Fitness for Kids – Upper Body Strength

    Published: 06-16-2009
    Views: 45,633
    Certified personal trainer Margie Weiss demonstrates upper body strength exercises for kids.

    Margie Weiss

    Margie Weiss has been in the fitness industry all of her life, having been a national gymnast as a child, and mother/trainer to three international athletes. Owner-coach of MG Gymnastics, her team produced international stars for 15 years. Former owner of 2 Gold's Gym franchises, Margie is also a certified personal trainer, specializing in youth sports conditioning. She has trained international athletes, including her children. Her son, Michael, is a 2-time US Olympic figure skater and 3-time US National Champion. Currently, she is GGX (Group exercise director & instructor) for 3 Gold's Gyms, where one of her programs boasts 500 classes per month; she supervises 175 instructors. Having published many articles in the fitness field, she enjoys seeing progress in each of her participants. But the things that makes her most proud of the lives she has affected are her 5 grandchildren, all of whom live very close. Seeing their smiles makes every day worth smiling about!

    My name is Margie Weiss and this is Kids Cardio Conditioning. What one of the things that children needs is upper body and core strength. An easy way to do that, a fun way to do that without using weights is to use their bodys weight, and this activity again is something that I am sure they have done in preschool, it is called the wheelbarrow. We are going to put a little bit of different twist on it. Rye (ph) is going to go down on her hands and then she is going to lift one leg behind her, so that I can catch it and then her other leg is going to come up behind her. I can stand in between and I can put a foot, pretty far under, so that I am stable, my feet are fairly wide in a lunge position, so that I am not going to fall over, and what we are going to have Rye (ph) do notice that her tummy is tucked in -- you trying to tell her pretend like you have a penny in your hips and squeeze it nice and tight, so that your back is very solid and your shoulders are away from your ears, and she is going to walk four steps forward. So, she will take a hand one, two, three, four, then she is going to come backwards four and we have to have light enough hands -- just do that one more time. Our hands are light enough that were not going to throw her or pull her in either direction. Then what we do is gently sit one leg down and the other. Now, an option for this which is a little bit harder and you may want to do it on a mat when you are first trying it with your child. So, we are going to have the child lean forward slightly and then come back. This really works the upper body of the shoulders and the chest muscles. Obviously, you do not want to push the child so far forward that they do a nose plant because that hurts, so you want to go just a little bit and then come back just a little bit. When you come back you dont want to come back too far, because if youve got their hands out in front of them and their shoulders back here, theyre going to fall down, their belly is going to drop.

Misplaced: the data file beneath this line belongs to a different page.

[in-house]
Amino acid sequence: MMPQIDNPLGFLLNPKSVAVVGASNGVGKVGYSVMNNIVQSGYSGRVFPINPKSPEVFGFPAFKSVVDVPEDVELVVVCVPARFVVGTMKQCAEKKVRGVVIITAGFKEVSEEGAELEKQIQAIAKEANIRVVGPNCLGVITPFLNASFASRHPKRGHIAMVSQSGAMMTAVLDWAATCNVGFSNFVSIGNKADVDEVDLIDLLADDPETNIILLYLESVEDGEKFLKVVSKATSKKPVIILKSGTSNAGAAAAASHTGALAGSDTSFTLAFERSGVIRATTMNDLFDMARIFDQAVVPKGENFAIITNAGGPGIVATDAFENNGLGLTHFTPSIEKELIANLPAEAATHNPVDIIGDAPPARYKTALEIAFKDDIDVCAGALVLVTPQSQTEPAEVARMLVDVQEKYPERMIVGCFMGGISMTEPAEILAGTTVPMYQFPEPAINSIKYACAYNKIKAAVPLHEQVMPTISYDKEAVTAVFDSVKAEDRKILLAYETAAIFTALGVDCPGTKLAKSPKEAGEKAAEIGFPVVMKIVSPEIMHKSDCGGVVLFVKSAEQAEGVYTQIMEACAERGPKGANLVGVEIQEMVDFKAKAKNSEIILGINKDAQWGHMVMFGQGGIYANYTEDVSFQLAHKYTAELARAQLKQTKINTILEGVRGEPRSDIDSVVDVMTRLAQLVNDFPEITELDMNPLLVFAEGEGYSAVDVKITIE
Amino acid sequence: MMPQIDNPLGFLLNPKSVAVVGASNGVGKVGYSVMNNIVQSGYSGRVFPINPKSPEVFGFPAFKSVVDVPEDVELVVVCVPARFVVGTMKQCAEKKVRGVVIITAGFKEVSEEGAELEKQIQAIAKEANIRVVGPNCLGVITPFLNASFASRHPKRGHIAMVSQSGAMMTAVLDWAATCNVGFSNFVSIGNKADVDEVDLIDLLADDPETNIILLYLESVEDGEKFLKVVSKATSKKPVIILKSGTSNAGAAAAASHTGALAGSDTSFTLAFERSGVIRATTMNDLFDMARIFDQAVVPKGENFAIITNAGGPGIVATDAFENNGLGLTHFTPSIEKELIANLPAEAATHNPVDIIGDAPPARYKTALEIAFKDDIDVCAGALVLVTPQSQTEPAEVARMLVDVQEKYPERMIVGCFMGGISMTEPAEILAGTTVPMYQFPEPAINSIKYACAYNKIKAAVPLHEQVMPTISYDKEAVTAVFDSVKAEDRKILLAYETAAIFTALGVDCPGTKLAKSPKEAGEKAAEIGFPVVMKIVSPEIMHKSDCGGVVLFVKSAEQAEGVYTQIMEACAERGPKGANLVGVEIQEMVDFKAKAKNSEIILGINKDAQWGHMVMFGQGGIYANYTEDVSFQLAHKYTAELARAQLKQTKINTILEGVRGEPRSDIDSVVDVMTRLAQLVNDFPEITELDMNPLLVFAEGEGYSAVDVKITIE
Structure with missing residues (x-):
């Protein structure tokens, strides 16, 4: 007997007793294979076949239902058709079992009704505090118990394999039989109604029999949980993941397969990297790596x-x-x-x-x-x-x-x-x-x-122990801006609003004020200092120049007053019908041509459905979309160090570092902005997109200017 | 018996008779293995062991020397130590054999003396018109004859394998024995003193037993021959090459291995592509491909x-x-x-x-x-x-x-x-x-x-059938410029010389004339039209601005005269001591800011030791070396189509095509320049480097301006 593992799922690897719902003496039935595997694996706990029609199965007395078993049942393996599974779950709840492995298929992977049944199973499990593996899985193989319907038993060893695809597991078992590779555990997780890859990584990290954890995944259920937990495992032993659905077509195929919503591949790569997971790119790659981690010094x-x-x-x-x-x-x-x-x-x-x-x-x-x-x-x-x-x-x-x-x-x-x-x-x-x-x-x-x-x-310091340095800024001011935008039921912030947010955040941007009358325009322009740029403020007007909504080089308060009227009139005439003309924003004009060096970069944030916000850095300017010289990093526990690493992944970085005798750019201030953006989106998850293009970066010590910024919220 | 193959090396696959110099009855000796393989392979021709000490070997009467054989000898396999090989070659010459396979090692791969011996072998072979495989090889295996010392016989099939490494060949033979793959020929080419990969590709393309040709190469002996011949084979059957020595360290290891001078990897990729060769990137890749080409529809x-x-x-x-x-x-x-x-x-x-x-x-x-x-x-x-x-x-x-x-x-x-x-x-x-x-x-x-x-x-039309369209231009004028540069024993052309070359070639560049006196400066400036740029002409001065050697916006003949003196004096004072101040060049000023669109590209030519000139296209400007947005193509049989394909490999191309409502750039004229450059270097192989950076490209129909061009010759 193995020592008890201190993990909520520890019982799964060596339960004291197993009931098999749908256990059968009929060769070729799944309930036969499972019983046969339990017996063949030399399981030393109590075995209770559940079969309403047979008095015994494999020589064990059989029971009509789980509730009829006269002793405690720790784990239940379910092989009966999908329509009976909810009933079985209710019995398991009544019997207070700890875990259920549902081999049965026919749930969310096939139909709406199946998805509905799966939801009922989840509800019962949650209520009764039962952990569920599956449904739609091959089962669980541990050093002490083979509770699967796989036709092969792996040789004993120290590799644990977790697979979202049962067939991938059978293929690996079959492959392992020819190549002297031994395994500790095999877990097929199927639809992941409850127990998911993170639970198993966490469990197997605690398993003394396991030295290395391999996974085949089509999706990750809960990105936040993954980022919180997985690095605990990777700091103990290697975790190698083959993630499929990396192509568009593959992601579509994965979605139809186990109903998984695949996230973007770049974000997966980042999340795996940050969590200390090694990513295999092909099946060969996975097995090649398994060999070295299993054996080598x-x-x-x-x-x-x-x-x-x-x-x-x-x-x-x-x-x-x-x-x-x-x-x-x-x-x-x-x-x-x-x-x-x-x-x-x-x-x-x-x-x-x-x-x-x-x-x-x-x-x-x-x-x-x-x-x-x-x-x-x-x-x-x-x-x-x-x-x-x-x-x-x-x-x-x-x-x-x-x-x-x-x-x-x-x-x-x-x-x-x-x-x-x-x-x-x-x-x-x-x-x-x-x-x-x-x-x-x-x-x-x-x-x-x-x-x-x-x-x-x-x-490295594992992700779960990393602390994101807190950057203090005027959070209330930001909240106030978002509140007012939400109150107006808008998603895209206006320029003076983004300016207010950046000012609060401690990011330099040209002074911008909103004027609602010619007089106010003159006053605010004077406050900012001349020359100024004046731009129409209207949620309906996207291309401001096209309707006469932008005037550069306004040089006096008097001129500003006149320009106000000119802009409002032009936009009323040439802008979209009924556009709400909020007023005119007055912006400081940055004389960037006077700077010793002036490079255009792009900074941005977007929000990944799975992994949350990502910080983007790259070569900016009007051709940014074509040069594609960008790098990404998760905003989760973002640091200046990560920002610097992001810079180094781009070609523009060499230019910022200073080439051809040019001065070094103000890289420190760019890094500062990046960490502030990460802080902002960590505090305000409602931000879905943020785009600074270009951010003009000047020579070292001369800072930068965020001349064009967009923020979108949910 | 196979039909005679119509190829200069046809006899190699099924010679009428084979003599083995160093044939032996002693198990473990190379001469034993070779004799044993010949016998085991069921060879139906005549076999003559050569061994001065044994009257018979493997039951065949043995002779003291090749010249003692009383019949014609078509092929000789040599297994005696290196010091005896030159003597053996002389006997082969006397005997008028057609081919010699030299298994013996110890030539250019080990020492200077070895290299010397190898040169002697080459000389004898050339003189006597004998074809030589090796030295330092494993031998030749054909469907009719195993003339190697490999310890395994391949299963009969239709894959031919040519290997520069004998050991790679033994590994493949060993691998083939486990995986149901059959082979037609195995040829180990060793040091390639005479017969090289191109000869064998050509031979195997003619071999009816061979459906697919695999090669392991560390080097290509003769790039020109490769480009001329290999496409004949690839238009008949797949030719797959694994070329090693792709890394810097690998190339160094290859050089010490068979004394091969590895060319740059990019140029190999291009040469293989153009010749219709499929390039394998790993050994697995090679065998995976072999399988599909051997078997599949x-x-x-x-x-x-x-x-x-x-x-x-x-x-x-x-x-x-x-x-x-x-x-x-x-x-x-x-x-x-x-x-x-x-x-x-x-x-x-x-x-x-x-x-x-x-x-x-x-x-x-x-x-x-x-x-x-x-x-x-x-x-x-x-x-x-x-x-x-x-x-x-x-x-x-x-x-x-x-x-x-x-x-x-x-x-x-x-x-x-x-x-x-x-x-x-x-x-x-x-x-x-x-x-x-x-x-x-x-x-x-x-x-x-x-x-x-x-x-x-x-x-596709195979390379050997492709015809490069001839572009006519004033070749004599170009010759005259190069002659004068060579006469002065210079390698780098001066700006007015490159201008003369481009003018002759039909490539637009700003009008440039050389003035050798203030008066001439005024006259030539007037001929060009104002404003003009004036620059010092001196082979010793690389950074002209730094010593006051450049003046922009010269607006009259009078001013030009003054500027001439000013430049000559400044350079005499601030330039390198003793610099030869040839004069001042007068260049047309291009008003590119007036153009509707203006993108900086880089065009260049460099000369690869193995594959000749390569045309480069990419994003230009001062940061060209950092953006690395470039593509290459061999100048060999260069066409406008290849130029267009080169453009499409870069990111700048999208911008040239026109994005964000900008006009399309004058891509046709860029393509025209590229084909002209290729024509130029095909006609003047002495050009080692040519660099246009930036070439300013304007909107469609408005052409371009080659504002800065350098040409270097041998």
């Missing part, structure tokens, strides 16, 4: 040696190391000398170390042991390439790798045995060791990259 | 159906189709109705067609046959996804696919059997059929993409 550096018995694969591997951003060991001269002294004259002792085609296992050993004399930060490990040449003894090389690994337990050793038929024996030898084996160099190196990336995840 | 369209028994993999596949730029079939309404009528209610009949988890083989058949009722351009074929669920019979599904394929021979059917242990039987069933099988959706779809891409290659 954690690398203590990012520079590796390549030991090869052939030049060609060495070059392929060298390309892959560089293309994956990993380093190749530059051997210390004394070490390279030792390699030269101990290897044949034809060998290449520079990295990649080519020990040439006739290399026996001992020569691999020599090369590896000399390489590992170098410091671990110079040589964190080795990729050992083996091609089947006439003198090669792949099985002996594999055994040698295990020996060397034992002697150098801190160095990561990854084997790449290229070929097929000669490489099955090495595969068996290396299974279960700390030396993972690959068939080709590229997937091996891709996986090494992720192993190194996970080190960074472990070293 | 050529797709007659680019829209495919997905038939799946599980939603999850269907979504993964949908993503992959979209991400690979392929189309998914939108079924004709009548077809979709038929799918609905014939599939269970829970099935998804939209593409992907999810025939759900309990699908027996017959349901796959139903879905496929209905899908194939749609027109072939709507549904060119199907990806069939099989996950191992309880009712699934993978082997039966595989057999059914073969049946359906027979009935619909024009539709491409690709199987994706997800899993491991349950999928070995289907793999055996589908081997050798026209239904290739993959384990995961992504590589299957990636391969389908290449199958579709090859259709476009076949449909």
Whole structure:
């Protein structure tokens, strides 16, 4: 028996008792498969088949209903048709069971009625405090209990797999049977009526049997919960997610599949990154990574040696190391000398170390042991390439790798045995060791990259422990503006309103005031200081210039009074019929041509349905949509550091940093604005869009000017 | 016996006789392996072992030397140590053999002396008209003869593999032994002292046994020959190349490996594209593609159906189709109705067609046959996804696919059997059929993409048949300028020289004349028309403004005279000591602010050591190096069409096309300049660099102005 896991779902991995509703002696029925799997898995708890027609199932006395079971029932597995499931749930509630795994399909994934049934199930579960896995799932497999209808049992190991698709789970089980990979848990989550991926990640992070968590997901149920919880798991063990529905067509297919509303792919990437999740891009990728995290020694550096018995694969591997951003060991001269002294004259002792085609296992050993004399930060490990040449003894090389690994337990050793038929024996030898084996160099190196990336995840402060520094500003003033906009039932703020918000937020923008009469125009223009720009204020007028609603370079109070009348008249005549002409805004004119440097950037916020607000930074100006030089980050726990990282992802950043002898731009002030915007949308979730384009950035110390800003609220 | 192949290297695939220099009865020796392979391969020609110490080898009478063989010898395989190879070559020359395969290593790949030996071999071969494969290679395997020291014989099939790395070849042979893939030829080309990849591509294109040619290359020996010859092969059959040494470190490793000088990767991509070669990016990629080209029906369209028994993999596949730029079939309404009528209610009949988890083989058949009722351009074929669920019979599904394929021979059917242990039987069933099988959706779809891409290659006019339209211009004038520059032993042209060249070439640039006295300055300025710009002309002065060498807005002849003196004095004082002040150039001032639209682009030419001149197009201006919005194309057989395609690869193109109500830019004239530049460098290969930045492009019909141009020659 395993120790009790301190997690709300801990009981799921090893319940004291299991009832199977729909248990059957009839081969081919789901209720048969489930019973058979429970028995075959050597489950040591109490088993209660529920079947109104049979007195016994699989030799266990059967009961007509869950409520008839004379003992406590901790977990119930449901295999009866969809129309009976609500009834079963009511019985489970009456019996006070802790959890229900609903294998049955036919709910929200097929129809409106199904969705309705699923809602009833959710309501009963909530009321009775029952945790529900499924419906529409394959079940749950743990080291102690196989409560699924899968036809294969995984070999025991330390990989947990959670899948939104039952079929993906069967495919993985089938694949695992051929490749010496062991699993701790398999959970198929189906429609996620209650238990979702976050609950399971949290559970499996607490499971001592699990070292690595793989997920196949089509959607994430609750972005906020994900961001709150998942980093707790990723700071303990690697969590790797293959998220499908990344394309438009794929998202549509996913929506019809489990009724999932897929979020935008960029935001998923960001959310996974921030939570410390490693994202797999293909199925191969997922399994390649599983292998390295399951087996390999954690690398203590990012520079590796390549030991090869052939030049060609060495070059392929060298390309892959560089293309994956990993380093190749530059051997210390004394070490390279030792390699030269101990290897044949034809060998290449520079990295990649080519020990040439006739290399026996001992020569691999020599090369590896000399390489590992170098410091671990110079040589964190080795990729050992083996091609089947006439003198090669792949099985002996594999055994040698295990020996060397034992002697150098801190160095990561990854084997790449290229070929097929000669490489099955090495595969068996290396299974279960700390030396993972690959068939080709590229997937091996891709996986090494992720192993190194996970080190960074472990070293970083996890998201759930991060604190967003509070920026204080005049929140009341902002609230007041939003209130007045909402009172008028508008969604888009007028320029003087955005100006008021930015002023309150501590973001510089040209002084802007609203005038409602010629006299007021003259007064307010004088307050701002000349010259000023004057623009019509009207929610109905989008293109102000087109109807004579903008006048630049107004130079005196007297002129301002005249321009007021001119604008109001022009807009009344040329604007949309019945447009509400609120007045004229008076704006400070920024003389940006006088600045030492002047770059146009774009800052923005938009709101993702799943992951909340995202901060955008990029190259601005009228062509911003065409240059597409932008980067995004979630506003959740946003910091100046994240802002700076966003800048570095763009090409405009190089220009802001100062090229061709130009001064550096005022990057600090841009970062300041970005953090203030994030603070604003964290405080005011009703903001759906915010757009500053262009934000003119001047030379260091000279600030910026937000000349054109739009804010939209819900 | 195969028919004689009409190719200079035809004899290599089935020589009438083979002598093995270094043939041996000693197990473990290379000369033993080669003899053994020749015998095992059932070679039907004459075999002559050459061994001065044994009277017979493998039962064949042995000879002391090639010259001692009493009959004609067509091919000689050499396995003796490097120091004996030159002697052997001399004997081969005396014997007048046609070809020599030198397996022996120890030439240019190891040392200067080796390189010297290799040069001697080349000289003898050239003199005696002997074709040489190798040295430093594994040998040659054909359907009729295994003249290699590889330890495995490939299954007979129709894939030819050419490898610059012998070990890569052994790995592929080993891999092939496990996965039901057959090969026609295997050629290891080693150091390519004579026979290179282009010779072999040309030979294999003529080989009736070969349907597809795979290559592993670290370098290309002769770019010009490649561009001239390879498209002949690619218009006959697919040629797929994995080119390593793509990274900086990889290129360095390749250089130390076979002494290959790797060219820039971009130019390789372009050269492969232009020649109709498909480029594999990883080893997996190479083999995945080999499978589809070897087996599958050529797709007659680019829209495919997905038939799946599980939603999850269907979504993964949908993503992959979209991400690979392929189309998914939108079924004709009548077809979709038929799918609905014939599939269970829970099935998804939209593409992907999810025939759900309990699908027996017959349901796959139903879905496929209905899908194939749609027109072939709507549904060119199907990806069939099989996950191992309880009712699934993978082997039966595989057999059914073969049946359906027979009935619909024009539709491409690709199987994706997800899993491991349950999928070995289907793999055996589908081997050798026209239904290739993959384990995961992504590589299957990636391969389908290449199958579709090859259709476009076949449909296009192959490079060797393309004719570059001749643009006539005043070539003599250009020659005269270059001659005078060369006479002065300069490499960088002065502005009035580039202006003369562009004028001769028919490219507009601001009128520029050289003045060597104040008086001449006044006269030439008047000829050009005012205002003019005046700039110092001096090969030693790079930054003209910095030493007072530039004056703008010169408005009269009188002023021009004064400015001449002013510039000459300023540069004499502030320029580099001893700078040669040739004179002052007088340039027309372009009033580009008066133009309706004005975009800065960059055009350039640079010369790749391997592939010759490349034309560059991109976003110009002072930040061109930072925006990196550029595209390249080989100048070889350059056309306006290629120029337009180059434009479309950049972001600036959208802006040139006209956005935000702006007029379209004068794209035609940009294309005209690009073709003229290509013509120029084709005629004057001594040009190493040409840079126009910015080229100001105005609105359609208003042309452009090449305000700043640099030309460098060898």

So, it is a minor motion, it is a little bit harder, its more for an athlete somebody who needs the quick strength for either skating or basket ball or hockey using their upper body strength, this is a really good exercise. So, we are going to go up with that one leg, then the other leg. Again, I am going to have my foot way underneath her and all I am going to do is tip her forward just a little bit and bring her back. Its the shoulder angle that were changing. Her tummy is tight, her hips are tight, her legs are tight and she is breathing and there you go, lets do a few more, over and back, its very slow and controlled and when you are finished, you never want to just let the persons leg drop one foot at the time so that they can get back down, so that is safe for their knees. Thank you, Rye (ph). Thats it for the upper body the wheelbarrow.